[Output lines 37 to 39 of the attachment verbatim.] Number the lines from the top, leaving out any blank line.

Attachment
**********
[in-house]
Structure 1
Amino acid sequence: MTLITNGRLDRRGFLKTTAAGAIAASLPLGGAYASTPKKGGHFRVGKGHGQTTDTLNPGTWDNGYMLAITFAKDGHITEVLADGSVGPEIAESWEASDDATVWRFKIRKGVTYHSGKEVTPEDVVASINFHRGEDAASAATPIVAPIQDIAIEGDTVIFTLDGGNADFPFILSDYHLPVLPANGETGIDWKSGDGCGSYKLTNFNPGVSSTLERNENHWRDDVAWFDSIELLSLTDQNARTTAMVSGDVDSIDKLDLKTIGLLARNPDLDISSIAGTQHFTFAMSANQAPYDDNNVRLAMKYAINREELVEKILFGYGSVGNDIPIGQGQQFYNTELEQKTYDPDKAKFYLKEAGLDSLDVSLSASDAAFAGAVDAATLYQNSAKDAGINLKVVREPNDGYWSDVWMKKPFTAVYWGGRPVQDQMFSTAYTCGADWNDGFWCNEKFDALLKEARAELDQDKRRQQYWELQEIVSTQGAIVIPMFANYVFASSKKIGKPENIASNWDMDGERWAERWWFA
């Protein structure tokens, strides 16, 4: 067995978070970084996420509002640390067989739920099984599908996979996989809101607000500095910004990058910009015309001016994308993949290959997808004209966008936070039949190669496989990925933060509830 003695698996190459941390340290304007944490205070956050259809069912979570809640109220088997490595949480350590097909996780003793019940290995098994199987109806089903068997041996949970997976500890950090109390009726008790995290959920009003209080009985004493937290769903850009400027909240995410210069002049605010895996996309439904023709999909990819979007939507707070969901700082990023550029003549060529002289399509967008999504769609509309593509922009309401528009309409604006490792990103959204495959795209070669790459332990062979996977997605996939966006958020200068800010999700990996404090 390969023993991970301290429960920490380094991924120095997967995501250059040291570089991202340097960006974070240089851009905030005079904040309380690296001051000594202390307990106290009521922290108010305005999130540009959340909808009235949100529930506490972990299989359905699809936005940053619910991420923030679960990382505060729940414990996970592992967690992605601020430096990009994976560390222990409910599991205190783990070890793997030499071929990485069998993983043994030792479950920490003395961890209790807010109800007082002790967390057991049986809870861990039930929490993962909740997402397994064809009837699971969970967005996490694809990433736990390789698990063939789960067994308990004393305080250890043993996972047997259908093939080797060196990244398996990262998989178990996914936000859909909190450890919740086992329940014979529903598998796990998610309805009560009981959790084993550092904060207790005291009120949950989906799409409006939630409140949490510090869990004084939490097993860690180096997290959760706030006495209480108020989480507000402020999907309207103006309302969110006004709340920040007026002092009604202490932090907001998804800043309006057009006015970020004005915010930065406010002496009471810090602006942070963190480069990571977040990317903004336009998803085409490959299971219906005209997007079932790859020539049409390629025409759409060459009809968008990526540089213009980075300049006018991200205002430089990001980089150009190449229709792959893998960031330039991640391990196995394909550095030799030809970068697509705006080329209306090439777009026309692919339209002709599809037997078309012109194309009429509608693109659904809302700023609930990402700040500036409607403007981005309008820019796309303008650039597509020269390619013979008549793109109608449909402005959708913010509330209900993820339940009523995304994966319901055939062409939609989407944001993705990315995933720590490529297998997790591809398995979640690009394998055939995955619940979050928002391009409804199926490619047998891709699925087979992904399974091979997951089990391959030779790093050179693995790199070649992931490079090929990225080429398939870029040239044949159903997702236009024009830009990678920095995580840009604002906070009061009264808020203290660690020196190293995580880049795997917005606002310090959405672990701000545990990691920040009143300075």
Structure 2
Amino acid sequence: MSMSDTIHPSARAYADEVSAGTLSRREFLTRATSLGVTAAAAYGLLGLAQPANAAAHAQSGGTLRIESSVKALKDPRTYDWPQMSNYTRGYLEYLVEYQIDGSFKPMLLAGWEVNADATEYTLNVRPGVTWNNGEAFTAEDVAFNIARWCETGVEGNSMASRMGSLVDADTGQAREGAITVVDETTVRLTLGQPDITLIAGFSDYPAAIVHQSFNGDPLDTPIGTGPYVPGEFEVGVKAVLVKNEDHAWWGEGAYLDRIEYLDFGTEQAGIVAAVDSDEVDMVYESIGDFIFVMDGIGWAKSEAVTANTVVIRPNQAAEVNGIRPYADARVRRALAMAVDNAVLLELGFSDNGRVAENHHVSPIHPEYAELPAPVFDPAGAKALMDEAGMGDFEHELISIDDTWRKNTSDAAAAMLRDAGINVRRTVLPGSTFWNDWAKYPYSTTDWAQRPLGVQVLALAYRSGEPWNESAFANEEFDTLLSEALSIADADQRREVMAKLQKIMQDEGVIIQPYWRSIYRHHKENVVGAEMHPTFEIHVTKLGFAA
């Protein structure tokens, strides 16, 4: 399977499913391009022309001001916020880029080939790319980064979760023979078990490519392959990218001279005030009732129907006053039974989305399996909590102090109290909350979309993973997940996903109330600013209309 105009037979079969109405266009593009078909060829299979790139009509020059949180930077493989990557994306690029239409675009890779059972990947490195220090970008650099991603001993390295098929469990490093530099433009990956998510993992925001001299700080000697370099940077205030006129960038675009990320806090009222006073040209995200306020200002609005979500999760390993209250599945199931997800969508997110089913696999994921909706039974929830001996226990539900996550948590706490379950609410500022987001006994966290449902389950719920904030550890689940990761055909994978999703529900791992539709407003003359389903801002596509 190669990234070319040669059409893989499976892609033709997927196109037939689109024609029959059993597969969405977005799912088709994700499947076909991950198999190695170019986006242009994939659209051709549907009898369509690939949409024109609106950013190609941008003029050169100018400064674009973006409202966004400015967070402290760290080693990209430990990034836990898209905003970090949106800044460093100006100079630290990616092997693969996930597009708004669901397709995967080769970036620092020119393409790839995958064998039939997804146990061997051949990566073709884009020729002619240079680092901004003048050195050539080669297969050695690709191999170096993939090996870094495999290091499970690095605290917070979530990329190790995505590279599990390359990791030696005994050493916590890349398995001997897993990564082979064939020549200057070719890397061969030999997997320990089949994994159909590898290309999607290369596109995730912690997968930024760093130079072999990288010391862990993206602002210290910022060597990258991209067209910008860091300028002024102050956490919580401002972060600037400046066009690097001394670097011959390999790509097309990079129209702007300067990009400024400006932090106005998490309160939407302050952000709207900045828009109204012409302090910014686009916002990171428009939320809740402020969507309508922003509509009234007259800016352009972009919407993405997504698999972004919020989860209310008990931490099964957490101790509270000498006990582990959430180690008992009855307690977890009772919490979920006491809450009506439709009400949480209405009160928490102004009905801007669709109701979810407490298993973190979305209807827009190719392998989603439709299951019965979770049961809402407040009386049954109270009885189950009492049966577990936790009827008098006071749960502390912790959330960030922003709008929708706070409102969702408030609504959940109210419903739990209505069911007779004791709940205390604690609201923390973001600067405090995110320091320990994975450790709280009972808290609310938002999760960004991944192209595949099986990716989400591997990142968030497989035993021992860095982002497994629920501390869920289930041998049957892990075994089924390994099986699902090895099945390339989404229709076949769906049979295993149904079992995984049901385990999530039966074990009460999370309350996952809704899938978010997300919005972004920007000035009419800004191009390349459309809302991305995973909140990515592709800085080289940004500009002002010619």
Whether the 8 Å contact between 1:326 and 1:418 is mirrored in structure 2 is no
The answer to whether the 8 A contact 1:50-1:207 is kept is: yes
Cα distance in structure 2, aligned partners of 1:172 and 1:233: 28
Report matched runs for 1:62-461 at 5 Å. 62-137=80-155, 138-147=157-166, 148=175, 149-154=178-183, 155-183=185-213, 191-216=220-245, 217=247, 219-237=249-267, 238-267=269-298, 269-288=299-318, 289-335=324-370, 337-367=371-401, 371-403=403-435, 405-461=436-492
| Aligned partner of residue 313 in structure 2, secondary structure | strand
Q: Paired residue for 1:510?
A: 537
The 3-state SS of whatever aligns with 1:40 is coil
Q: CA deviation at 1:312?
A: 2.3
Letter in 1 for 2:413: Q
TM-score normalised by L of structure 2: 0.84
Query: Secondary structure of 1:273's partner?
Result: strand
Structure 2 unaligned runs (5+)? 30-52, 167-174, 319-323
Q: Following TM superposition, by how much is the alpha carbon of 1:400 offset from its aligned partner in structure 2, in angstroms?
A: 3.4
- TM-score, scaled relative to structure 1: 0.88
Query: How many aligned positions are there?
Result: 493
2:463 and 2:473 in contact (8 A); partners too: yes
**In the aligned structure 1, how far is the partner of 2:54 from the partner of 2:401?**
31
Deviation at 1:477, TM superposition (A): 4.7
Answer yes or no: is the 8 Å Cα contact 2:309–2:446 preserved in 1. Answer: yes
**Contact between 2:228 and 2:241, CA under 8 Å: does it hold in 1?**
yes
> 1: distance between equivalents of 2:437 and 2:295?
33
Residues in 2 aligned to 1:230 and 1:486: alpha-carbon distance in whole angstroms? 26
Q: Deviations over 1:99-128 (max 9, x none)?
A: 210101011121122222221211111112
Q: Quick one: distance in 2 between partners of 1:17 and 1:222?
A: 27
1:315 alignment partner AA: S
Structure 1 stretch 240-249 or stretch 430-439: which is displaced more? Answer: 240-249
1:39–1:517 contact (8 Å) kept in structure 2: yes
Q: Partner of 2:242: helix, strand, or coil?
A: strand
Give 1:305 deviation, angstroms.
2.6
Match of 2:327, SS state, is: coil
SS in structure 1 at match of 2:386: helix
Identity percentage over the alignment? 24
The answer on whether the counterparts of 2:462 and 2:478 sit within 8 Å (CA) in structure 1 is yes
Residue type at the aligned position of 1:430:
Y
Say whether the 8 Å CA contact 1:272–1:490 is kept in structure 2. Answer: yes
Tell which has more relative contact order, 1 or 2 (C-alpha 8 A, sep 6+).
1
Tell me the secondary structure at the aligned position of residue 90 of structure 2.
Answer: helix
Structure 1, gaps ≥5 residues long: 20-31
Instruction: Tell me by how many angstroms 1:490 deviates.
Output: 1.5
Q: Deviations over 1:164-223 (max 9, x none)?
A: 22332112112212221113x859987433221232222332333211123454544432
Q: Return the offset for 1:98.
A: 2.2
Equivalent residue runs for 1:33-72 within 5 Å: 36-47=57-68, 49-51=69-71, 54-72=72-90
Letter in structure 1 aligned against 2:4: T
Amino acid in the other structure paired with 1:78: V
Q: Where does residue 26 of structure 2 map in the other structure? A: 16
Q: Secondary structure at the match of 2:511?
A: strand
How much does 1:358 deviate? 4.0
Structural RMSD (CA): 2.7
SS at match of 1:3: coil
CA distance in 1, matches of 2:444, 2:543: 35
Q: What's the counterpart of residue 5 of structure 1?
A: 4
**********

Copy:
Residues in 2 aligned to 1:230 and 1:486: alpha-carbon distance in whole angstroms? 26
Q: Deviations over 1:99-128 (max 9, x none)?
A: 210101011121122222221211111112